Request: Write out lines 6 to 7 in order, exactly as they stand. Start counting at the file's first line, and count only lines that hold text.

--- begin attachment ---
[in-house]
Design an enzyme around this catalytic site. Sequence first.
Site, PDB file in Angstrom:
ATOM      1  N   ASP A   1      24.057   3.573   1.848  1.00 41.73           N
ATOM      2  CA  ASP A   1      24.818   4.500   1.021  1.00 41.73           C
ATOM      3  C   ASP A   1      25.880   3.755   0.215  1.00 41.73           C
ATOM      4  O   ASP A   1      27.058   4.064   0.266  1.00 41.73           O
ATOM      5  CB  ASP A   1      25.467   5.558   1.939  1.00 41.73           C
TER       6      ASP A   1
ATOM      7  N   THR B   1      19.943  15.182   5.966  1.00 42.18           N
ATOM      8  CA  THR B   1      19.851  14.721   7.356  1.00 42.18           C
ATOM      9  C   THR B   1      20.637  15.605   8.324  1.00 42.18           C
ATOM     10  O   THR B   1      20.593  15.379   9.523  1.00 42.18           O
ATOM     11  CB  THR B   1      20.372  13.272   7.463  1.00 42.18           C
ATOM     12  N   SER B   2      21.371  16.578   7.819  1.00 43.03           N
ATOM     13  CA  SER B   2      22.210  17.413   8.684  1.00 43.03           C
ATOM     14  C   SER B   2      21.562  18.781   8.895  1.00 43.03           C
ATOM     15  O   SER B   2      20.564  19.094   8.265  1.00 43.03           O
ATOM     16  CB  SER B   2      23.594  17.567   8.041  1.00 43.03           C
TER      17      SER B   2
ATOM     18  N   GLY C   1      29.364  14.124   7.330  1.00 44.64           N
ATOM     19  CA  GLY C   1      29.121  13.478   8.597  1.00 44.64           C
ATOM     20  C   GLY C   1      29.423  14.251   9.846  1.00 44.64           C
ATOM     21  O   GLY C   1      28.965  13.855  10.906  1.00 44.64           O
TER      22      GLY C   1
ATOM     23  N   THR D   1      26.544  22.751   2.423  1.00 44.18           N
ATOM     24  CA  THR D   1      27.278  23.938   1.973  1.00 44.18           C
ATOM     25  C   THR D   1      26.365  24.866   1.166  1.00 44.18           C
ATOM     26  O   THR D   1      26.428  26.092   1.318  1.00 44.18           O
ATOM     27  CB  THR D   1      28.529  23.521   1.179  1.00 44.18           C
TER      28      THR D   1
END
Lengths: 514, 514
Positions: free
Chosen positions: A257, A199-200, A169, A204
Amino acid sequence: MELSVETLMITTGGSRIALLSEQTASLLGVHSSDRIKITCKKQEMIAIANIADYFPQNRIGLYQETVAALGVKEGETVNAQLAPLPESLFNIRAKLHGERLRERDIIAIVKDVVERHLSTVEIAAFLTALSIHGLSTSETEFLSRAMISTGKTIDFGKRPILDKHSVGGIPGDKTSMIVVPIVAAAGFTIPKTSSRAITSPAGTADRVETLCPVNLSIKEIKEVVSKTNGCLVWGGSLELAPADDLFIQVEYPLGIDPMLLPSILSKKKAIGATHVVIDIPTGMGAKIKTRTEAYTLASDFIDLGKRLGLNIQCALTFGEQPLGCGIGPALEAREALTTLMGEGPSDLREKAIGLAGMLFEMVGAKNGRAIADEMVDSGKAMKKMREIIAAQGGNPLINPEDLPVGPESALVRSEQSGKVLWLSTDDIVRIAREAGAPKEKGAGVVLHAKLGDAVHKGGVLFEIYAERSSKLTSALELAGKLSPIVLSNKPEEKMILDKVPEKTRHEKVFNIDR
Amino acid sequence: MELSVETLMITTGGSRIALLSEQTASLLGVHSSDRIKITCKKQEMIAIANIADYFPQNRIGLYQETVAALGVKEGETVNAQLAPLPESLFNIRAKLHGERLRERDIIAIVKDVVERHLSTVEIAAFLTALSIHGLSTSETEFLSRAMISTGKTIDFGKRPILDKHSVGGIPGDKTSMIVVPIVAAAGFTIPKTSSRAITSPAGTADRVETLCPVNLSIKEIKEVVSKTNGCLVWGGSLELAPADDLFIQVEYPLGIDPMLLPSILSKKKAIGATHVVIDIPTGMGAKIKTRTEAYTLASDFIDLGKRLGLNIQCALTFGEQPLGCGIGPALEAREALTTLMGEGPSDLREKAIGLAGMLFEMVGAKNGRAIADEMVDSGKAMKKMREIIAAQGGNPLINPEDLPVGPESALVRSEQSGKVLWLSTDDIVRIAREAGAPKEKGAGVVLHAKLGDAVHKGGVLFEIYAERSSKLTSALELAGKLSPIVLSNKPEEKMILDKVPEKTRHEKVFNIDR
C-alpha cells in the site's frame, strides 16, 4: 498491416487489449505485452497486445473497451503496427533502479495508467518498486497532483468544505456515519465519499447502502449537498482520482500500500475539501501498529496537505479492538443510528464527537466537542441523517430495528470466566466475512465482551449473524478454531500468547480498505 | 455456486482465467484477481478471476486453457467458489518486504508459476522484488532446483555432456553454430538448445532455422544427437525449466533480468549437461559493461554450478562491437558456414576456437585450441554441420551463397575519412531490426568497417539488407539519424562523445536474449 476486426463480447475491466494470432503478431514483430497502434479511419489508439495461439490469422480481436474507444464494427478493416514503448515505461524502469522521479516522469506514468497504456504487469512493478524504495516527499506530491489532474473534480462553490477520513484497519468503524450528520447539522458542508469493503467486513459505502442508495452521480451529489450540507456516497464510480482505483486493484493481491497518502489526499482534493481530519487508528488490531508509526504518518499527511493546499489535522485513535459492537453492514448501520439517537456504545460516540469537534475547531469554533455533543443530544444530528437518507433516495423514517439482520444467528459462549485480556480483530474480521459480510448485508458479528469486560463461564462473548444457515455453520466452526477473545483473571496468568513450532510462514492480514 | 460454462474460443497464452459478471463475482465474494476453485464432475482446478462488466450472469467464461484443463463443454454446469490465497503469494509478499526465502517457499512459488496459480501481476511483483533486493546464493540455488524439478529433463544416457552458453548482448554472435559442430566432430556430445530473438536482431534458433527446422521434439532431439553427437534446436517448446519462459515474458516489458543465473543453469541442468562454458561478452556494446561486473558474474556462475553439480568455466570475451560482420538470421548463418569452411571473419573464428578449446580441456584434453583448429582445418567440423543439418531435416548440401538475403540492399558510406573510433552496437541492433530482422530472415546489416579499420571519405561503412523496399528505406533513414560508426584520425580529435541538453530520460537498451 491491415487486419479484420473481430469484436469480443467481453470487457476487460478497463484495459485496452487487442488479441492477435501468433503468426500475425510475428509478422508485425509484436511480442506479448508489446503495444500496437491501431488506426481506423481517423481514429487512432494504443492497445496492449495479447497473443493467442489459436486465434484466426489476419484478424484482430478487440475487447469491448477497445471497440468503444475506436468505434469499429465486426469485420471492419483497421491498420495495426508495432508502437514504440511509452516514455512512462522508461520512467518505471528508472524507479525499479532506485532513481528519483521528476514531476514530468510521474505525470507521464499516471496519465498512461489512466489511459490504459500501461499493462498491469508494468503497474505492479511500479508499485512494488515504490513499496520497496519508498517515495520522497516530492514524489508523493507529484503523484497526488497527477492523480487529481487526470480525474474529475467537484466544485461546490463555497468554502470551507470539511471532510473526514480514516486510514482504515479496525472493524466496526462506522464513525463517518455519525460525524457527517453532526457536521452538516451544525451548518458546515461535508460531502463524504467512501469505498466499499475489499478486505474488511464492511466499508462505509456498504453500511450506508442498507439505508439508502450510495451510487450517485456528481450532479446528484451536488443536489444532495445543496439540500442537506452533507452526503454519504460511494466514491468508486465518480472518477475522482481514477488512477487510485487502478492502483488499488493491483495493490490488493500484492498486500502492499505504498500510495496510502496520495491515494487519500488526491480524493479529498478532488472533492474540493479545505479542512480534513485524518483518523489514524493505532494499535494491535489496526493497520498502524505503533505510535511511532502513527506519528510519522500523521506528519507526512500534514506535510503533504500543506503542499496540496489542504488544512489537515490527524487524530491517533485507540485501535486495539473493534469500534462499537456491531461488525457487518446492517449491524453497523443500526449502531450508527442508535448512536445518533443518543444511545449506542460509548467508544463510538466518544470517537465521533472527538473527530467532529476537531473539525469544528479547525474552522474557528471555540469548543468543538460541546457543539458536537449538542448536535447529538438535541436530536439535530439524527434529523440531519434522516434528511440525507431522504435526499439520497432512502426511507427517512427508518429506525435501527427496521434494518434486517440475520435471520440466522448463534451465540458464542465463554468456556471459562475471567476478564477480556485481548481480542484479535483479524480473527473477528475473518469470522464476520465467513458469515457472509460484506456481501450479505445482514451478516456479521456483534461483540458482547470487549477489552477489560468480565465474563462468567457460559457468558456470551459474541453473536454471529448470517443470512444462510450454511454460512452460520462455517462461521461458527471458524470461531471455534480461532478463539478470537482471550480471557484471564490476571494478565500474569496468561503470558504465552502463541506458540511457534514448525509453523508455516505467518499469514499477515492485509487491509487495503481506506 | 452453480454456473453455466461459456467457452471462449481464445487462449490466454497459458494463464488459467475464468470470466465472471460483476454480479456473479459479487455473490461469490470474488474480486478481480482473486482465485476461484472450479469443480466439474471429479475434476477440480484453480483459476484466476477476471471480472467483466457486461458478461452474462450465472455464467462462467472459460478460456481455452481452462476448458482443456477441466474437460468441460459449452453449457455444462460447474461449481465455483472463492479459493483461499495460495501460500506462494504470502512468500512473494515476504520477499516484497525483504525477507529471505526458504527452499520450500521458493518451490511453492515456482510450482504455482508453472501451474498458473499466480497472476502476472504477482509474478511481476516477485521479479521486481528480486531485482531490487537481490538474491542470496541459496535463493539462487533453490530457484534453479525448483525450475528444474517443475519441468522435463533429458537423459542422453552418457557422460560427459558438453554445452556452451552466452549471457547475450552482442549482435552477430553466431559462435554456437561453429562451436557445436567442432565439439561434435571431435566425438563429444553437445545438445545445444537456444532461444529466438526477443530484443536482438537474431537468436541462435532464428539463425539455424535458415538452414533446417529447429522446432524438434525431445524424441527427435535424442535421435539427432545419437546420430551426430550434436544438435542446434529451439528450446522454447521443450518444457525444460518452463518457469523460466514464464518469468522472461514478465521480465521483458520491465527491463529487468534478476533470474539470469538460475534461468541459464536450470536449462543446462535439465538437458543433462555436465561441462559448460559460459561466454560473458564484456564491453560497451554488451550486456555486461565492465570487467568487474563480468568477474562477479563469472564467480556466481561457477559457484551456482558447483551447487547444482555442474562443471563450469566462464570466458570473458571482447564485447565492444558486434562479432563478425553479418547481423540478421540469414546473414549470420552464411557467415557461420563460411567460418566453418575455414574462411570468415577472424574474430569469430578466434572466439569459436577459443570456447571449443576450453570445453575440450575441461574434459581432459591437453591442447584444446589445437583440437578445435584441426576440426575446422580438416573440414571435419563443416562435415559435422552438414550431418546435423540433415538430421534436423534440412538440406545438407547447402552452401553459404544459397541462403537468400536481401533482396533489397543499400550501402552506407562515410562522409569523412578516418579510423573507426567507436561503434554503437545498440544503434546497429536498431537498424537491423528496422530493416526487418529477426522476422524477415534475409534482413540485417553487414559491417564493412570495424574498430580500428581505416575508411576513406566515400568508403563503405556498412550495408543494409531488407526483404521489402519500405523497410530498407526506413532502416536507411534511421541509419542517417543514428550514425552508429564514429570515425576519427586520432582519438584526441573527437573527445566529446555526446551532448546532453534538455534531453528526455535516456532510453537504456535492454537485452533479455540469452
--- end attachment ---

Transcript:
ATOM      3  C   ASP A   1      25.880   3.755   0.215  1.00 41.73           C
ATOM      4  O   ASP A   1      27.058   4.064   0.266  1.00 41.73           O